Author Archives: Joshua

Ticket

The kingdom of heaven is like Chuck E Cheeses.

For anyone who may not have ever been to a Chuck E Cheeses, it is basically a place parents take their children to play in ball pits, various tubes, and slides.  There is pizza and a cast of animatronic characters.  It also features an arcade with a variety of skilled and video games.

When I was young, it was a common staple of birthday parties to get to go to Chuck E Cheeses.  (Henceforth abbreviated as CEC since it’s ridiculous to type.)  At the time, it was a blast.  I’m sure if the day comes that I have kids of my own, I’ll be over it by then, but most of my memories of the place are fond ones.

I’m forgetting something though…

The tickets.

You see, there was a prize counter, and if you played the right games you would earn tickets at the end of the game.  You would collect the tickets and turn them in for prizes just before you went home.  Each prize cost a certain number of tickets and it was often my goal to earn enough for a Nintendo or a bike or one of the cooler, bigger prizes.  The problem is that the amount of tickets you earned was directly related to how well you played the games.  A perfect performance would gain you far more tickets than the performances I was able to turn in.  So while I wanted the Nintendo that was 1000 tickets,  I was usually able to scrap up about 72 by the time we left for the day.  Enough to get me some sort of fake gold ring, and maybe some candy or some other equally worthless trinket.

It seemed like no matter how hard I fought to win tickets…I couldn’t earn enough to get what I really wanted.

No matter how hard I try to be good enough, I’ll never earn my way into heaven.

An imperfect performance in the games meant I wouldn’t get what I wanted.  An imperfect performance in life has separated me from the life I could have lived, and the future I could have had.  A game is a game, but this life thing…it’s serious.  This ‘sin’ thing is serious.

Sin isn’t messing up in a game of skiball, but any time I’ve disobeyed or deliberately hurt someone, that was an act of rebellion, an act of sin.  I’ve been found in rebellion against God and his commands in my life more times than I can count, and the end result is that I will not earn my way into heaven.

That’s why Jesus stepped in.

Imagine a father taking on the games in our place.  Earning the tickets we could never possibly earn.  Imagine this battle to win tickets costing him everything.  (Probably not too hard to imagine if you’ve ever been to CEC)  The father finishes the game victorious and walks up to you to hand you all the tickets you’ll need to redeem for the desire of your heart.  He hands you so many tickets they have to bring you a bag to keep them all in.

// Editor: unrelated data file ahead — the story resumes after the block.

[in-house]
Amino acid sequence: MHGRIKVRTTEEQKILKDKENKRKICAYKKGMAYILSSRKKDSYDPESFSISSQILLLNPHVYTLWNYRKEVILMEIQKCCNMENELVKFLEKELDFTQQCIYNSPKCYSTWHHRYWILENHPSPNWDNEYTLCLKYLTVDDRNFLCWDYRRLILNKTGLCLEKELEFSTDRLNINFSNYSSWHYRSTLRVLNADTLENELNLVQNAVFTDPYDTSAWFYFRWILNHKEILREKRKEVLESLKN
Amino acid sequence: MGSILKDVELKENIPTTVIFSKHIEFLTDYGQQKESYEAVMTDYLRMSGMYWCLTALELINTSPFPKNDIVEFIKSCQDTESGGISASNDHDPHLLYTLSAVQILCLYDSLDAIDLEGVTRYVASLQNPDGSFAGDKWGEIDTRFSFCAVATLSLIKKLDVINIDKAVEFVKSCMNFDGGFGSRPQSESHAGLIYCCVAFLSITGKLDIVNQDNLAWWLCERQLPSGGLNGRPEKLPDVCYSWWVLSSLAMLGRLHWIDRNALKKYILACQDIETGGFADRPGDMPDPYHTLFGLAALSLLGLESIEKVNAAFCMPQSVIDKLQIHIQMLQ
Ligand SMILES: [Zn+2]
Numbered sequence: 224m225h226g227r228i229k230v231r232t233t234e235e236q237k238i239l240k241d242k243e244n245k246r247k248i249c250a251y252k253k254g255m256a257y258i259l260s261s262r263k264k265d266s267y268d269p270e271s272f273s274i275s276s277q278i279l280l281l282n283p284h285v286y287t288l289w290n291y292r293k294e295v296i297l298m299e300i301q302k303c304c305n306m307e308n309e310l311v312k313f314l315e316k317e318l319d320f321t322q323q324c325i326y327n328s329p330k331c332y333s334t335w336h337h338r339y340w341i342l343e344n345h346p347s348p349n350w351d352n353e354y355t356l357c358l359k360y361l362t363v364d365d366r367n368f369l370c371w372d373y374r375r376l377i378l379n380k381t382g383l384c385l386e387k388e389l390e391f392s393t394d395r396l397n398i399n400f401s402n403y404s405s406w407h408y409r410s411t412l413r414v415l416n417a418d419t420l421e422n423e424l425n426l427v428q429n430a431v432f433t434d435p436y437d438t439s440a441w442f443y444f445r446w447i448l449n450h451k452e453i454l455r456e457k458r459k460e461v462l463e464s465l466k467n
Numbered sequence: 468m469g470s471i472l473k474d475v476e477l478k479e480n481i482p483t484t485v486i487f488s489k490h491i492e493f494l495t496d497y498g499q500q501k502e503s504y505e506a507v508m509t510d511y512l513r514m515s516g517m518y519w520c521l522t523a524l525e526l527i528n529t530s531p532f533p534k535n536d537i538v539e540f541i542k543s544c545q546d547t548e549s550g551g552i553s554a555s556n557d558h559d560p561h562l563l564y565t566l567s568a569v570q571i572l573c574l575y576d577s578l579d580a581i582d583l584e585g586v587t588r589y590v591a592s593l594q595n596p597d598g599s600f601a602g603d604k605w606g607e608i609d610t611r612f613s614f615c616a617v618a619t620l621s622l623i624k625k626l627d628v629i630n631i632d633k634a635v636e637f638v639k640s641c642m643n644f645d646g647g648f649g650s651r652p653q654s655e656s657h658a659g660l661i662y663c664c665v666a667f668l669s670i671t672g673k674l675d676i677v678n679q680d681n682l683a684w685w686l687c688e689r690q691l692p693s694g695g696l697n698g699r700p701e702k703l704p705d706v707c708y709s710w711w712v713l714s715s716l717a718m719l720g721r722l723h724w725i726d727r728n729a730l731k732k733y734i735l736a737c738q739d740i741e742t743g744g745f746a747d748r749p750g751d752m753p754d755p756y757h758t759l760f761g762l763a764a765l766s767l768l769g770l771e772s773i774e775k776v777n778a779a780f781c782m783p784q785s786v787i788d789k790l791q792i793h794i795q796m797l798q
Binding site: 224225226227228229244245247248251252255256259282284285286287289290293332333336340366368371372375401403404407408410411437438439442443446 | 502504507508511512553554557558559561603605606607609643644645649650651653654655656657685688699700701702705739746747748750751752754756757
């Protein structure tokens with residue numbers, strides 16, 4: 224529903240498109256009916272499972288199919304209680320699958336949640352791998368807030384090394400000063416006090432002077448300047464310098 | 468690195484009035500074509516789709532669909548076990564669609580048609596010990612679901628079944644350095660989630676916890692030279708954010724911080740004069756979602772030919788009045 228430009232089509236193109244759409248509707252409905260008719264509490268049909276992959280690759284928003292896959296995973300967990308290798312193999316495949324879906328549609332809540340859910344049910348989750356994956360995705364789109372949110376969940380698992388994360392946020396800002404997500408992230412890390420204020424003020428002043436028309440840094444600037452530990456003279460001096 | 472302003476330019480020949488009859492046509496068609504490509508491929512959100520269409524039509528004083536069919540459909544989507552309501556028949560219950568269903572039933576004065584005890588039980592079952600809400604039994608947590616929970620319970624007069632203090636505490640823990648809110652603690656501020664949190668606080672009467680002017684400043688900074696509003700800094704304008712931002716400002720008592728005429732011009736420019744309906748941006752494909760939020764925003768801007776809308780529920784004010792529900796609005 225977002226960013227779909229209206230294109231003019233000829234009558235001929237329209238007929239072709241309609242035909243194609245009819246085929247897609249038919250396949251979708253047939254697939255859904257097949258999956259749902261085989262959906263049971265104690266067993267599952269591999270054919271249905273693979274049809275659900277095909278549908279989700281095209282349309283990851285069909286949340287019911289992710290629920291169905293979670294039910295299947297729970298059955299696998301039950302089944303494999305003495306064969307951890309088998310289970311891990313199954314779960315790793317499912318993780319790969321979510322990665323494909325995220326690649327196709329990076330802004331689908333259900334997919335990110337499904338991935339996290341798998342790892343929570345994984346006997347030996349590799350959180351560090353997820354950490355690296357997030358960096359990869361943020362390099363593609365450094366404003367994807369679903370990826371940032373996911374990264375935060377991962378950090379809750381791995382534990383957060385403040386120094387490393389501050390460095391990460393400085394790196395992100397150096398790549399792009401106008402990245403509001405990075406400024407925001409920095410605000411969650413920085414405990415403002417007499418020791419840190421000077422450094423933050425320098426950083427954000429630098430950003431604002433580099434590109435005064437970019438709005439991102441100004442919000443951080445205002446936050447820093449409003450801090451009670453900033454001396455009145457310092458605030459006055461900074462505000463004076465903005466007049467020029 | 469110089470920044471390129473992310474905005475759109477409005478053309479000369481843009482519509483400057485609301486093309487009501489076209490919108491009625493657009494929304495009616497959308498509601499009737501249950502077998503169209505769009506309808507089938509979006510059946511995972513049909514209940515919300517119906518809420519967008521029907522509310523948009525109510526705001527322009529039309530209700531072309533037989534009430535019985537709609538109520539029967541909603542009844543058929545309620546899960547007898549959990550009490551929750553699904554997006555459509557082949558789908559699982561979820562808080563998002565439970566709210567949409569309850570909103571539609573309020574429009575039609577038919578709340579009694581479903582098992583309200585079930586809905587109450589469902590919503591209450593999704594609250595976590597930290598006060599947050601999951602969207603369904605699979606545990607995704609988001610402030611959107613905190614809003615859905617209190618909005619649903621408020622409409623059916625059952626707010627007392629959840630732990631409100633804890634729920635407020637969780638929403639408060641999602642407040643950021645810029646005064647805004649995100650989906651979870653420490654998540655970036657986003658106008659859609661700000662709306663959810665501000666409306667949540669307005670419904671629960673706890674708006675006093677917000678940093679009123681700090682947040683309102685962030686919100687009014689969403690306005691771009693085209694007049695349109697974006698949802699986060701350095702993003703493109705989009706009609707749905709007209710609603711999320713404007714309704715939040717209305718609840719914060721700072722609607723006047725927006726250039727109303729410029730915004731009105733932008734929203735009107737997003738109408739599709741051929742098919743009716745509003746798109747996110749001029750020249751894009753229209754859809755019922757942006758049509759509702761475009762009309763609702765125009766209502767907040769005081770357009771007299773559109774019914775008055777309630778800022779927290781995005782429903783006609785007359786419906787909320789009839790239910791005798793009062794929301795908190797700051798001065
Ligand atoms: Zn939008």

Imagine a father, sending his son to fight the battle for perfection on our behalf.  Earning the reward we never could, never will.  Imagine the son giving everything to earn this perfection for you.  The son, hanging on a cross, bleeding and beaten, hands you a white robe and tells you you’ve been made clean as he breathes his last and closes his eyes.

Now imagine you take that bag of tickets and go home, hiding them in your closet.  You leave them there until it’s too late to redeem them, and they are thrown out into the garbage.

You see, you didn’t redeem the tickets.  They’ve done you no good.  Having the tickets is one thing, but you can turn them in for something far better.

Jesus has bought your forgiveness, but will you redeem it?  Will you accept the new life that he is offering you, that he fought for and bought with his very own life?

Turn your tickets in.

Be redeemed.

Observed

I stumble around Youtube from time to time, and occasionally something really captures my attention.  I was wandering about Youtube yesterday in fact, and found a compilation video of a theoretical physicist named Michio Kaku.  To summarize and simplify the first few minutes of the video, Michio shares that everything in the universe is like Schrodinger’s famous cat problem.  For those of you who are unfamiliar, Schrodinger posits that if a cat is placed in a box and unobservable, it must be both dead and alive simultaneously.  It is only when the box is opened and the cat is observed that it becomes either dead or alive.

Schrodinger’s cat is known for seeming to be illogical but theoretical physics has found that it is a viable interpretation of how our world is working at the atomic level.  MIchio takes this concept a step further and talks about how nothing in the universe can even exist if it hasn’t been observed.  He states that the observation of something is essential to it’s creation.

Creation.  Perhaps the biggest argument of science and faith.  How were we created?